Dozens arrested in Capitol education funds protest
SACRAMENTO — California Highway Patrol officers arrested dozens of protesters who refused to leave the state Capitol Monday night after repeated warnings, capping a day of protests over cuts to higher education that saw thousands descend upon Sacramento.
The CHP said 68 people were arrested Monday evening and four earlier in the day. The protesters who were arrested for refusing to leave will be charged with trespassing, CHP Capt. Andy Manard said.
Police started pulling out protesters who remained in the Capitol rotunda around 7:30 p.m., more than an hour after they began warning them with a bullhorn to leave. Protesters chanted "We're doing this for your kids," as they were lifted by the arms one by one, handcuffed with plastic ties and led away.
"We gave them about seven or eight opportunities to avoid arrest," Manard said. "We wanted to give them every opportunity to leave. Having that many arrests puts a stress on the jails too."
He said the protesters would be taken to the Sacramento County Jail. Those arrested were part of a boisterous daylong protest over state budget cuts to higher education that have led to steep tuition increases and fewer courses at California's public universities and colleges. Thousands swarmed the Capitol lawn, waving signs and chanting, "They say cut back, we say fight back."
Democratic lawmakers addressed the group and lamented the deep cuts to higher education they have made in recent years.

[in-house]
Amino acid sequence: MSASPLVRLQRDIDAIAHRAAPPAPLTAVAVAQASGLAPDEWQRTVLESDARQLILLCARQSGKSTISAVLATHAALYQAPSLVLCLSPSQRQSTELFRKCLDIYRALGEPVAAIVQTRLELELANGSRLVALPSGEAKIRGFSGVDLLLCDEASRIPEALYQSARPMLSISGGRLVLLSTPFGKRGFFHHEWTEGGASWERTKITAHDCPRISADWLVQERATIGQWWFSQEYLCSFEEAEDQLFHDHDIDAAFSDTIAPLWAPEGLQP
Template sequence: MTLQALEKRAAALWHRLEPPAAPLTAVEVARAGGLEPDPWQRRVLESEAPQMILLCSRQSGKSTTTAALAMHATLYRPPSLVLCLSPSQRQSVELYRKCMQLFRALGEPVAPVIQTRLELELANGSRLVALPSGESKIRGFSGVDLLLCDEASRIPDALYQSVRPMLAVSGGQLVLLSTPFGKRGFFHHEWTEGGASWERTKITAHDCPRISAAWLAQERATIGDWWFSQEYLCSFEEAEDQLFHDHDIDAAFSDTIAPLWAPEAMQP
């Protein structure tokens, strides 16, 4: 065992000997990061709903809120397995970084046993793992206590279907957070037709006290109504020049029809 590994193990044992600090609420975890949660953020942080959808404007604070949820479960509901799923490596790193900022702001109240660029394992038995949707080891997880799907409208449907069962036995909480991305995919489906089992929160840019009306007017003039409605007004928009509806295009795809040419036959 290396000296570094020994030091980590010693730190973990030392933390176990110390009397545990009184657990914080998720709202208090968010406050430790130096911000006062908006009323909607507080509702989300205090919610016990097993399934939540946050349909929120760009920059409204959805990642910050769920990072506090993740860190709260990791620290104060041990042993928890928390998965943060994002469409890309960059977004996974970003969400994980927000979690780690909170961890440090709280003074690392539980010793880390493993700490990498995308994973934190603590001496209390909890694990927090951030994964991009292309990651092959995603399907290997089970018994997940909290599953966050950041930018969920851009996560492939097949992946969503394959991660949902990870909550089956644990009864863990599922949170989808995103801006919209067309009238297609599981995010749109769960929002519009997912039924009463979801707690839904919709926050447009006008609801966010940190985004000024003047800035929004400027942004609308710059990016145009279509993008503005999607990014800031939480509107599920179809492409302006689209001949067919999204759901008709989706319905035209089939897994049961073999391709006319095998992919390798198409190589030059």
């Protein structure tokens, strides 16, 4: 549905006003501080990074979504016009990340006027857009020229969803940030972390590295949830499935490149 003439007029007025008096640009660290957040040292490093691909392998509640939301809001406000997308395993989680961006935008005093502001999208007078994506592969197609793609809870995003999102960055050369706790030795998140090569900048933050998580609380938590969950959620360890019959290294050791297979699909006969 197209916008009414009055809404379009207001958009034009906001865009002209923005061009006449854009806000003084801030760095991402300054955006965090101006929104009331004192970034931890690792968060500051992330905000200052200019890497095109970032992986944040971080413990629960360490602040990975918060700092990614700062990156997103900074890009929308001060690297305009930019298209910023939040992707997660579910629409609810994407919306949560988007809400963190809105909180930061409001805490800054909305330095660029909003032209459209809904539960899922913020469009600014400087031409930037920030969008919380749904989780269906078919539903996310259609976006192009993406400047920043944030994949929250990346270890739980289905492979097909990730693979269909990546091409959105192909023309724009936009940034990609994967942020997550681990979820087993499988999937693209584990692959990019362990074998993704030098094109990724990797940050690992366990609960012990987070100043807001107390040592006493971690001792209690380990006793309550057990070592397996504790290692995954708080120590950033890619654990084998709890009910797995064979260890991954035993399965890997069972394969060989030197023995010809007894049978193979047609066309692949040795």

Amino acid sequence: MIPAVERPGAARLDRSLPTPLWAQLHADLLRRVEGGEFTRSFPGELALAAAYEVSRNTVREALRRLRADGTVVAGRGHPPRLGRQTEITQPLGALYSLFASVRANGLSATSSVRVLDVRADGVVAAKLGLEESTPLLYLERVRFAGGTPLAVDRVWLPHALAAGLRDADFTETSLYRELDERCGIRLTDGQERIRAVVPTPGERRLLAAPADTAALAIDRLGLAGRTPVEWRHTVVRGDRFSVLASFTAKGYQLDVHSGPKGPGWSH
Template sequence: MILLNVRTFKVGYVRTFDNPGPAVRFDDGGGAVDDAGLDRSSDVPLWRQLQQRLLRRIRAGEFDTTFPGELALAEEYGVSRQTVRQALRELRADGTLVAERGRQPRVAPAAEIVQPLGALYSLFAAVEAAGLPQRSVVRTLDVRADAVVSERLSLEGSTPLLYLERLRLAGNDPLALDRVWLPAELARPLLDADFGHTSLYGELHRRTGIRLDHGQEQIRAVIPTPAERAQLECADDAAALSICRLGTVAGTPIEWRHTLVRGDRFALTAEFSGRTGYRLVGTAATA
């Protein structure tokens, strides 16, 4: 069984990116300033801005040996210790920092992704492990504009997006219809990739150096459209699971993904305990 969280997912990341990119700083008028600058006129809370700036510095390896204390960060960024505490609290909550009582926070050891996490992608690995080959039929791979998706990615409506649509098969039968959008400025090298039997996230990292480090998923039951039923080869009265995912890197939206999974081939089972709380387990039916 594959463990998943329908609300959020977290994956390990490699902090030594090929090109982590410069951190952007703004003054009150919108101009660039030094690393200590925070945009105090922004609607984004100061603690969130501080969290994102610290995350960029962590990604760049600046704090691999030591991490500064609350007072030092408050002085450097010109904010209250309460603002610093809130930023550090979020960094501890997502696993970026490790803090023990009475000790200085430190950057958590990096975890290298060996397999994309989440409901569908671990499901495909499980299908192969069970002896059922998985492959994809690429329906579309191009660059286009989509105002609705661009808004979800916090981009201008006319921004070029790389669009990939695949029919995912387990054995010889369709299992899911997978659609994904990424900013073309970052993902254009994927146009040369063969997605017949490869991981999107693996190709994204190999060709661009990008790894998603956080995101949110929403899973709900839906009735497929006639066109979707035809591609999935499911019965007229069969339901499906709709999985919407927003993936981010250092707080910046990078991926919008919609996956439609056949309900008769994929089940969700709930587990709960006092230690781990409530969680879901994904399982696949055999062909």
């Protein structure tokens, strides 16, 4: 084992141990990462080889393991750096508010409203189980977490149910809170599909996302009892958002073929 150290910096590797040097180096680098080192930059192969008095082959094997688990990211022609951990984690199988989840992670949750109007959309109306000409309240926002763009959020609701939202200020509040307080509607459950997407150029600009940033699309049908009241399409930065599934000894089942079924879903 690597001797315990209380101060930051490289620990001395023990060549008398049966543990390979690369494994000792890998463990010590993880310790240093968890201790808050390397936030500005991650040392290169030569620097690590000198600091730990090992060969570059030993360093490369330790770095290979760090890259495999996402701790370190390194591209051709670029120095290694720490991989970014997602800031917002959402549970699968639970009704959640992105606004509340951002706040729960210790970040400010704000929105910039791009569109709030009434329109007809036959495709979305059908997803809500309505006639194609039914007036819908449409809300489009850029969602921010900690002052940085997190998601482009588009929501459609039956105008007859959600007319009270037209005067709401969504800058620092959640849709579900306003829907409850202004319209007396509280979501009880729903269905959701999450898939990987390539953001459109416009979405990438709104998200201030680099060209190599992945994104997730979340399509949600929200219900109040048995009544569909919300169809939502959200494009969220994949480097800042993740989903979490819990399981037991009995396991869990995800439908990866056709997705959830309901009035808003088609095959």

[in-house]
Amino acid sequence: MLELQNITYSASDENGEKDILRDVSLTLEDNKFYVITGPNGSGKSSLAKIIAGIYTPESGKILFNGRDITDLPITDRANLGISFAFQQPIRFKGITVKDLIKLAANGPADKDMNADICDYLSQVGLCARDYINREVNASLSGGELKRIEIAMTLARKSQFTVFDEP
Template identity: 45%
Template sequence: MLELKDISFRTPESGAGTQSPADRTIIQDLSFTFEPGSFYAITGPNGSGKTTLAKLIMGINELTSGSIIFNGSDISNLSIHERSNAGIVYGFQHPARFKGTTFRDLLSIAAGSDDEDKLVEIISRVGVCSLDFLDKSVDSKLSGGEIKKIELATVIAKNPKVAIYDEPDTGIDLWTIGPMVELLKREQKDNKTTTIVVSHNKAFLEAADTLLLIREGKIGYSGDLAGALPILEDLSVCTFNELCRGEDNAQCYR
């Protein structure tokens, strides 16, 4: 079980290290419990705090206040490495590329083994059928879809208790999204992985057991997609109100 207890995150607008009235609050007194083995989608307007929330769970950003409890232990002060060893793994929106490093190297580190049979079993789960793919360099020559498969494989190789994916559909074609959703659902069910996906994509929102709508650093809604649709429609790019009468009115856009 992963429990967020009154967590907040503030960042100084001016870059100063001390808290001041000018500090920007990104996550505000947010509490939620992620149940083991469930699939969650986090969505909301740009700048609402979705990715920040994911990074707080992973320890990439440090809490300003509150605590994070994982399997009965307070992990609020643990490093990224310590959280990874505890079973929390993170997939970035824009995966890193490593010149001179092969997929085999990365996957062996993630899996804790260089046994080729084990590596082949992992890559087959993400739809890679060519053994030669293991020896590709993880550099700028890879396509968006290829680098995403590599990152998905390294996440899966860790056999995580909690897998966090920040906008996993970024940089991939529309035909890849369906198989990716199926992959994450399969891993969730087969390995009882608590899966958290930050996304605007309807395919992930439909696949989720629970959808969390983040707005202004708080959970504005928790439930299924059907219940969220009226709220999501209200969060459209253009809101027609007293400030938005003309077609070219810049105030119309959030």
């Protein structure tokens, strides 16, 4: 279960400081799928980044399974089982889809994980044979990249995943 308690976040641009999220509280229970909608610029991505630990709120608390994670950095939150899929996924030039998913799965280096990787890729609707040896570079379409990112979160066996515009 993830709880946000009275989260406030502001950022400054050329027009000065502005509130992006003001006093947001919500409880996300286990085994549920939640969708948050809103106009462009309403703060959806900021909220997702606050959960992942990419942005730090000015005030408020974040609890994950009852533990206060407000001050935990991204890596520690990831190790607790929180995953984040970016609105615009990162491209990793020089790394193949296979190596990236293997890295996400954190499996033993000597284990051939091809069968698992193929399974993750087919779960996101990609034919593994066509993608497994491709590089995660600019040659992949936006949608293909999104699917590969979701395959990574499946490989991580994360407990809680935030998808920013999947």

"We were expecting to have a good future, but things are looking uncertain for a lot of families," said Alison Her, 19, a nursing student at California State University, Fresno. "I'm the oldest in my family, and I want my siblings to be able to go to college, too."
Organizers had hoped that 10,000 protesters would demonstrate against rising tuition rates and demand that state lawmakers restore funding for higher education. But the actual turnout fell short.
After the rally, hundreds of students lined up to enter the Capitol and filled conference rooms and hallways inside. Some met with lawmakers to lobby for increased funding for higher education, while others headed for the rotunda.
CHP officers allowed several hundred students to settle on the black and white marble floor of the rotunda before all four hallway entrances to the area were blocked. Another hundred students sat down in a hallway, communicating with fellow protesters by call and response.
Several lawmakers watched from a second-floor balcony as the protesters were later arrested.
Outside the Capitol, hundreds of protesters who had lingered into the evening disbursed after the arrested protesters were taken away in vans. Officers in riot gear guarded the underground exits where they were taken out.
A CHP helicopter circled overhead throughout the day and evening. Manard said there were 210 officers for Monday's events.
Protesters spent two hours debating in call and response whether to stay after 6 p.m. and get arrested. They developed a list of core demands to present to lawmakers, including taxing the rich, educating prisoners and funding free textbooks.
A statue of Queen Isabella and Christopher Columbus was decorated with signs reading "Stop the fee increases" and "Occupy education."